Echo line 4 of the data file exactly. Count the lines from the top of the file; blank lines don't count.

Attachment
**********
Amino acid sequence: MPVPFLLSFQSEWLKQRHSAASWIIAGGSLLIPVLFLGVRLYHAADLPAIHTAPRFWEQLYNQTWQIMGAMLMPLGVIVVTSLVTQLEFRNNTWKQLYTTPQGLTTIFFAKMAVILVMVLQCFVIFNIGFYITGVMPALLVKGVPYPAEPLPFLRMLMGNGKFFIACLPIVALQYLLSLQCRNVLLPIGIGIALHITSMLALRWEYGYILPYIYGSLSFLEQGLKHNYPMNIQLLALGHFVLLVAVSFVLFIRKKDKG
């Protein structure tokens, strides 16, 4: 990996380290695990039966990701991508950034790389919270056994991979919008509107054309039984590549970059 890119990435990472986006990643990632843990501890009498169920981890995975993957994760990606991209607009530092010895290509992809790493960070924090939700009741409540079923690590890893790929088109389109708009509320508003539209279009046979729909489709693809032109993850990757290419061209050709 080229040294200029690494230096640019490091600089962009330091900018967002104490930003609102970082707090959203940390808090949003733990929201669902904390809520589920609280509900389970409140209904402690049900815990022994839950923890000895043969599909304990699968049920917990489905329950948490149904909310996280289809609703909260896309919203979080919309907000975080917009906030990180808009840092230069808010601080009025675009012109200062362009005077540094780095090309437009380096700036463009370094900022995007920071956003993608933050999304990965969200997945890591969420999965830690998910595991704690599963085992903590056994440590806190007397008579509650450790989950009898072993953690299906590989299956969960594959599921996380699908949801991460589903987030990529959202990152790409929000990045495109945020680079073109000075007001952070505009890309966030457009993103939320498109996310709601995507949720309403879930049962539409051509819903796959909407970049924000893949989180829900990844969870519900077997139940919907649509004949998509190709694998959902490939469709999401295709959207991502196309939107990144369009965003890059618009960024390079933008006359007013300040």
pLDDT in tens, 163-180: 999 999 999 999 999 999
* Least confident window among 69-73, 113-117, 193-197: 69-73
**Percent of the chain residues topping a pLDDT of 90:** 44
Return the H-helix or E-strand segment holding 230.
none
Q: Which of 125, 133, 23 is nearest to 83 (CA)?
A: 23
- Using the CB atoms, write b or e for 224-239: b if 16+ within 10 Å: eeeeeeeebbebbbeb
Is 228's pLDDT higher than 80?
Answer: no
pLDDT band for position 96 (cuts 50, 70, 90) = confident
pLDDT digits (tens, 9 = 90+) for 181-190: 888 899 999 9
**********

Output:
* Least confident window among 69-73, 113-117, 193-197: 69-73